Construction firms believe that managing risk is the greatest challenge they face, closely followed by skills shortages and securing forward workload, according to a survey released today by KPMG LLP.
KPMG’s Global Construction Survey 2005 questioned senior executives from the world’s largest construction contractors. The results of the study found that managing contracting risk and pricing it properly is one of the key challenges currently facing the industry, with 63 percent of respondents citing it as the greatest issue. However, 70 percent of those questioned believe their framework for managing risk during a project life cycle is either advanced or sophisticated.
A particular area of concern is that despite the importance placed on risk control and the sophistication of the frameworks already in place, only a quarter of firms said that they would never over-ride their key risk management policies in order to secure a contract – which means 75 percent would essentially be willing to take calculated risks in order to win a high margin project.
Richard Whittington, head of building and construction at KPMG LLP, comments, “While there may be times when a business judgement must be made in order to secure new work, there is a real risk that these decisions may be made at the expense of the firm’s reputation and management culture.”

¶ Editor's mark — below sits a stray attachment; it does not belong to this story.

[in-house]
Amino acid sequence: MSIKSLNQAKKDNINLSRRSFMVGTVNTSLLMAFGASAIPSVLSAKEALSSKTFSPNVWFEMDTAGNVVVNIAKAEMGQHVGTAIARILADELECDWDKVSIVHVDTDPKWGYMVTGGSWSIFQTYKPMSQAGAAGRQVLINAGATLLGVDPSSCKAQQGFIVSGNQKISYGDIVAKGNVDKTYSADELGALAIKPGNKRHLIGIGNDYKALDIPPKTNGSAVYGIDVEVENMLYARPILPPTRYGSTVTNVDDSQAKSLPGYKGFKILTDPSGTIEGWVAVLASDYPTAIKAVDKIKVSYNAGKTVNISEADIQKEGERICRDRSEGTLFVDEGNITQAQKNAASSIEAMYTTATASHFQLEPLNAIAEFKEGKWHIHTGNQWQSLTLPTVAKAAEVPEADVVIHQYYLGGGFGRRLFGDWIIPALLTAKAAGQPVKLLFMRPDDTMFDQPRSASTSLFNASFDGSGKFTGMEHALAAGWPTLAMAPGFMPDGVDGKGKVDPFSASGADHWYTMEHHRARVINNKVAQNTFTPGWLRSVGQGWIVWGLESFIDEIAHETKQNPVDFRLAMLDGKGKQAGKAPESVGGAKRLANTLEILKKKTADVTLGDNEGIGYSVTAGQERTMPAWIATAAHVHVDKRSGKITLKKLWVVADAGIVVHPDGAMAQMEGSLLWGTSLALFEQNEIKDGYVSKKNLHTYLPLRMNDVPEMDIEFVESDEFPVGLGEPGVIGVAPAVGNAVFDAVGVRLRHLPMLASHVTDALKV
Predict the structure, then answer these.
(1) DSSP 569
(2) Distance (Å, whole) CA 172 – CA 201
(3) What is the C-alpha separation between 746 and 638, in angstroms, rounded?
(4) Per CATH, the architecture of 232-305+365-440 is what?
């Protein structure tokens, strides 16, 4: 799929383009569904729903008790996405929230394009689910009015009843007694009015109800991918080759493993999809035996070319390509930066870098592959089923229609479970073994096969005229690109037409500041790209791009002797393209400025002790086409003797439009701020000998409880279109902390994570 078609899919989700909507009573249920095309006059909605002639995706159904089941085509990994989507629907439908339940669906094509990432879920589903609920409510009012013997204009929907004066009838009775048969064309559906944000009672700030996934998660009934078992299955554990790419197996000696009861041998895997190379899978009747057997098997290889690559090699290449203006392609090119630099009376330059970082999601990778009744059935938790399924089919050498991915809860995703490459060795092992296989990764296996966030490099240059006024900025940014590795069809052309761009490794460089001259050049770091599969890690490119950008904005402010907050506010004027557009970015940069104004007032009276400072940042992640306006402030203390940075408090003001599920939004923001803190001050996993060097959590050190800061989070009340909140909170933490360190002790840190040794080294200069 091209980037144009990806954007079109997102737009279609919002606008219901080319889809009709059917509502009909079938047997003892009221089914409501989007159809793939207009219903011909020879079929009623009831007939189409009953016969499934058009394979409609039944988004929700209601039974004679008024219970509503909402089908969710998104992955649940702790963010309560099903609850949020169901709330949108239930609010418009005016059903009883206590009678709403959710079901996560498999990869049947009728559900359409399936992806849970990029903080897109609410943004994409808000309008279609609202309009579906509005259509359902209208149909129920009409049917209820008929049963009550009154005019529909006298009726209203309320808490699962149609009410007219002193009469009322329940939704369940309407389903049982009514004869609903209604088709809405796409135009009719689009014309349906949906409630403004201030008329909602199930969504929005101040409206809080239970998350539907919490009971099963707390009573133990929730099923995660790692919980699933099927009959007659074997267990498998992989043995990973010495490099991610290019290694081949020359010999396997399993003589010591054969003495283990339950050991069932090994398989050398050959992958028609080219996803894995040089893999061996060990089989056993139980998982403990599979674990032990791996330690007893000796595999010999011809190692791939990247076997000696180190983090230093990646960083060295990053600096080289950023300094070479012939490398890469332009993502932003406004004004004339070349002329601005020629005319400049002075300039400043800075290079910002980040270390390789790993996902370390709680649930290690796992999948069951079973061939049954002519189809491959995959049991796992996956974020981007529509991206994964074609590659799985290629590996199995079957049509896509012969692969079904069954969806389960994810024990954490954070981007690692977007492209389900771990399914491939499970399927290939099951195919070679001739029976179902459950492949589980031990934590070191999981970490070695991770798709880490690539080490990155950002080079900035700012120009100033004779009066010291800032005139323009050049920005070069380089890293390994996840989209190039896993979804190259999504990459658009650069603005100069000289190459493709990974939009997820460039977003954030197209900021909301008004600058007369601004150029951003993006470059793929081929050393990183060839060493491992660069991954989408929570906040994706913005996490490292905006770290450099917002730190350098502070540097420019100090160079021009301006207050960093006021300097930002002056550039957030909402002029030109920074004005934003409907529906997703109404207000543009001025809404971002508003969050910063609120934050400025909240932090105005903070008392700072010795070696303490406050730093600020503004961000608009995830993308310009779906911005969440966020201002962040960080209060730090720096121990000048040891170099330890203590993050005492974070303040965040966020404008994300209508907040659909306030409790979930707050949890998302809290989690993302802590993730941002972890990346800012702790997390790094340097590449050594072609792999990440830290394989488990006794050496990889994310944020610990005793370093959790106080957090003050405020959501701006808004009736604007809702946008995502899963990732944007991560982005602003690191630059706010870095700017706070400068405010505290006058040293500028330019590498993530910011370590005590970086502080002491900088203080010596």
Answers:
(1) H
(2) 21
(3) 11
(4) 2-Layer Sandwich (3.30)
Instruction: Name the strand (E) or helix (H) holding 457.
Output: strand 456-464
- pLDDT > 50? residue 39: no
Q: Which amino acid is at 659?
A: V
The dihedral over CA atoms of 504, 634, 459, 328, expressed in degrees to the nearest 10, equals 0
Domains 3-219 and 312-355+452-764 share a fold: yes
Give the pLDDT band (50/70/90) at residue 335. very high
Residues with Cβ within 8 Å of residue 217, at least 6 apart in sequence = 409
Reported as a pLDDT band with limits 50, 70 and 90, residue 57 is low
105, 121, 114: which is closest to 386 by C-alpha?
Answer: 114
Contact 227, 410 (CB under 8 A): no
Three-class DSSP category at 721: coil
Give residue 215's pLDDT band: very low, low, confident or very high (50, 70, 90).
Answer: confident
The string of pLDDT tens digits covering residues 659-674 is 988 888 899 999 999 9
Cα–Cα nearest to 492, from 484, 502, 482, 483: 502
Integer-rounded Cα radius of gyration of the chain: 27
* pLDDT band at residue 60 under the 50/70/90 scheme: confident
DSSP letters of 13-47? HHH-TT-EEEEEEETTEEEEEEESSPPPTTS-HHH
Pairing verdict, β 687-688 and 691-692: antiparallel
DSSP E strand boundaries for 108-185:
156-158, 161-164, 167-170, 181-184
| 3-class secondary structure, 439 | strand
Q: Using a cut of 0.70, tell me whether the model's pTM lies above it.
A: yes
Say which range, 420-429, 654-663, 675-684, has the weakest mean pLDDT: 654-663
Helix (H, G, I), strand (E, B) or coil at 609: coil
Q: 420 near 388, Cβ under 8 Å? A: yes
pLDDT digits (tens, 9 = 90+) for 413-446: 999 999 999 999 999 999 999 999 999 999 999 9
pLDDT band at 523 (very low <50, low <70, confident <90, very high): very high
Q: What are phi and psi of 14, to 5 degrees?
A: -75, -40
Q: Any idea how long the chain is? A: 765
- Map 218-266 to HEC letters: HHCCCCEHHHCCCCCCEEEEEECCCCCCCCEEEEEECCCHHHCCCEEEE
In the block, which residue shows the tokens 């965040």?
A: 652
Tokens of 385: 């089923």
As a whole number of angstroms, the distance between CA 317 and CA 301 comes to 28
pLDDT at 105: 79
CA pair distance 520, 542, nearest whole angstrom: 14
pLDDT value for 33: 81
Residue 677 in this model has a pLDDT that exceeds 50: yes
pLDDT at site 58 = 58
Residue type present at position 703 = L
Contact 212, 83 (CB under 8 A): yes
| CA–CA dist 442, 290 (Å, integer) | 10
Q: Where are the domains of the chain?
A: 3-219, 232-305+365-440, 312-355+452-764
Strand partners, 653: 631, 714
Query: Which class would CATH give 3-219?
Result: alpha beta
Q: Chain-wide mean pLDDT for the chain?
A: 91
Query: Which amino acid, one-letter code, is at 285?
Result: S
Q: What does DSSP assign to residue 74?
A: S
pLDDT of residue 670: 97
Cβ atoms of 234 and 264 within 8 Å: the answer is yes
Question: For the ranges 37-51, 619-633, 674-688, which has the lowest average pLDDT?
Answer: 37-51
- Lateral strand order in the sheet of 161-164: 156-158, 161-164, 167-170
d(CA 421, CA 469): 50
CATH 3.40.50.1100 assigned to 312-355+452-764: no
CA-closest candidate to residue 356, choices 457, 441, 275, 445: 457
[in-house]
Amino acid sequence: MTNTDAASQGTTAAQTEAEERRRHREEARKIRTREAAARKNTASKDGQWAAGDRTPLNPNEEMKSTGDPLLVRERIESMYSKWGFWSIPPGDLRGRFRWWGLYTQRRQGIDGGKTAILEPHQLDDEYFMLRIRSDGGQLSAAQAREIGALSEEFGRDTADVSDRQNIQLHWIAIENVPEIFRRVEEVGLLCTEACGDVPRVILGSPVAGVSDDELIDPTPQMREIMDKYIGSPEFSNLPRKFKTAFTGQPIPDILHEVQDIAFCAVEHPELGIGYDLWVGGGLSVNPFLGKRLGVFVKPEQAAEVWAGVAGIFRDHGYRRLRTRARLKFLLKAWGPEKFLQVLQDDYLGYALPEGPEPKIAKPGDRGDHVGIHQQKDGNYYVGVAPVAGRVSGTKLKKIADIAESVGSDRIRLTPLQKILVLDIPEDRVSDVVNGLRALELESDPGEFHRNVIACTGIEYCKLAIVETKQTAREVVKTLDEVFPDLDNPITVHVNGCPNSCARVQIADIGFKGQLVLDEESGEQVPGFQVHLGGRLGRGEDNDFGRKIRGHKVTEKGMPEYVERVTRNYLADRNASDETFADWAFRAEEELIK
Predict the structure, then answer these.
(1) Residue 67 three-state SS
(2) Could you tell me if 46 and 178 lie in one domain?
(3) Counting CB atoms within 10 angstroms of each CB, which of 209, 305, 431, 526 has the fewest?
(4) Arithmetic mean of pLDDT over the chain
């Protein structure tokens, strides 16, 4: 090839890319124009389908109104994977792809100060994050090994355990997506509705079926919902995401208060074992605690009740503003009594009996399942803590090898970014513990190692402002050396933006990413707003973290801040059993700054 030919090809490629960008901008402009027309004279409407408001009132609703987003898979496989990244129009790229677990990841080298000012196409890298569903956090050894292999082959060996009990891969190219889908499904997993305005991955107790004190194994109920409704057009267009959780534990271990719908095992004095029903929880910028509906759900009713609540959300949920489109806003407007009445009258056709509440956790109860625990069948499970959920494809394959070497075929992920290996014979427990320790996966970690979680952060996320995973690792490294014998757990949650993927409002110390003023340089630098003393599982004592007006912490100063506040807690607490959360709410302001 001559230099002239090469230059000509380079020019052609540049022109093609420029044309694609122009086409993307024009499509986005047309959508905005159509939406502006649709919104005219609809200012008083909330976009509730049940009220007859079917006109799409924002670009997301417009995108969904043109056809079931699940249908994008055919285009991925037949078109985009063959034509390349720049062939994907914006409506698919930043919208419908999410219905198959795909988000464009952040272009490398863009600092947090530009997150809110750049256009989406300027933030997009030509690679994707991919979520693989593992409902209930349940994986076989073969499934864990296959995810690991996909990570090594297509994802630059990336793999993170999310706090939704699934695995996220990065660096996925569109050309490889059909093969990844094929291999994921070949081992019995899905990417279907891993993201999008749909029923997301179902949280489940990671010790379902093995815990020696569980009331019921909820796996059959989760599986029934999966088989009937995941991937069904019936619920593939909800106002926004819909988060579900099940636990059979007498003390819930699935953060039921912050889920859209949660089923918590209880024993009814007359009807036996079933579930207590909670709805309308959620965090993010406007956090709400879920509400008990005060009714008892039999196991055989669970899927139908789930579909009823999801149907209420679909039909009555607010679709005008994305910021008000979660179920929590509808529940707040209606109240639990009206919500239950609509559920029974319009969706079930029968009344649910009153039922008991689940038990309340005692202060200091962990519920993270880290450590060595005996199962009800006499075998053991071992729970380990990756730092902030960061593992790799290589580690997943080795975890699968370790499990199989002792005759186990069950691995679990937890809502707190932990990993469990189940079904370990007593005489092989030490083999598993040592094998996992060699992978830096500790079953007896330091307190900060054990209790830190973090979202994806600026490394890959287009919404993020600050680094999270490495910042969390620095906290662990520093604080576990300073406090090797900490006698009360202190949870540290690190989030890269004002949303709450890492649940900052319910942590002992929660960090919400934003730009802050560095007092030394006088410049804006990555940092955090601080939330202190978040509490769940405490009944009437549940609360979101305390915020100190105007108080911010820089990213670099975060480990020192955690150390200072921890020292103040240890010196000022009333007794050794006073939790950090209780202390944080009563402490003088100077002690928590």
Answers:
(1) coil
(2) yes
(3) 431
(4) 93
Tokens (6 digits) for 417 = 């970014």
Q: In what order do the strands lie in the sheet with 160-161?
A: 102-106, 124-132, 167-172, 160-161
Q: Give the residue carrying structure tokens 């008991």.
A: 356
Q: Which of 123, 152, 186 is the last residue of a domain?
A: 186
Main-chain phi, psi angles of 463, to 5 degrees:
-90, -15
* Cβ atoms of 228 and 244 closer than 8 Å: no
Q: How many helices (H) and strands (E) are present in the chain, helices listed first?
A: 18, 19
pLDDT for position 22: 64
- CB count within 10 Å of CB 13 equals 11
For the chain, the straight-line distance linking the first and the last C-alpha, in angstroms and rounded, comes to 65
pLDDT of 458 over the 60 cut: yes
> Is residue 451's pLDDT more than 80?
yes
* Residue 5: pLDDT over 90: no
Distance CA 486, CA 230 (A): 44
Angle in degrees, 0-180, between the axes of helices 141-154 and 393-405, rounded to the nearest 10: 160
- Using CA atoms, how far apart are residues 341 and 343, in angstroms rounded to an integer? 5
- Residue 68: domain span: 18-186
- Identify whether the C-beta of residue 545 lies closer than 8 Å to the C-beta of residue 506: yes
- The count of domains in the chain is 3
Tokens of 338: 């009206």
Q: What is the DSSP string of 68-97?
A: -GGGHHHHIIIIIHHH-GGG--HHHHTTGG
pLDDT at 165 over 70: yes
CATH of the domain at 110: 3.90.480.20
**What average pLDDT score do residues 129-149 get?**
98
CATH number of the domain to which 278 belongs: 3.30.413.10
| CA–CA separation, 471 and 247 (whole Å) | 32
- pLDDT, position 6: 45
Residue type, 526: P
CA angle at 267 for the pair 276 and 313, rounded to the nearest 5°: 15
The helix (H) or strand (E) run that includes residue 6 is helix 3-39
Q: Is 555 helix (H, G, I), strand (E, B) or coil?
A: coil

The survey also revealed that companies that had tightened their selection process on tenders also enjoyed a lower level of litigation related to projects. Most respondents (65 percent) indicated that the percentage of projects with claims or disputes requiring resolution via specialist consultants, mediators or lawyers was less than 10 per cent - a figure that belies the litigious reputation of the industry.
Richard Whittington said, “There is high profile litigation connected with large construction projects but there are also many disputes settled reasonably by the parties involved. However, if companies follow their risk management procedures throughout the project lifespan, not only can end profit be maximized, but potentially costly and lengthy litigation can be avoided.”
•Date: 22nd July 2005 • Region: Various • Type:
Article •Topic: Operational risk
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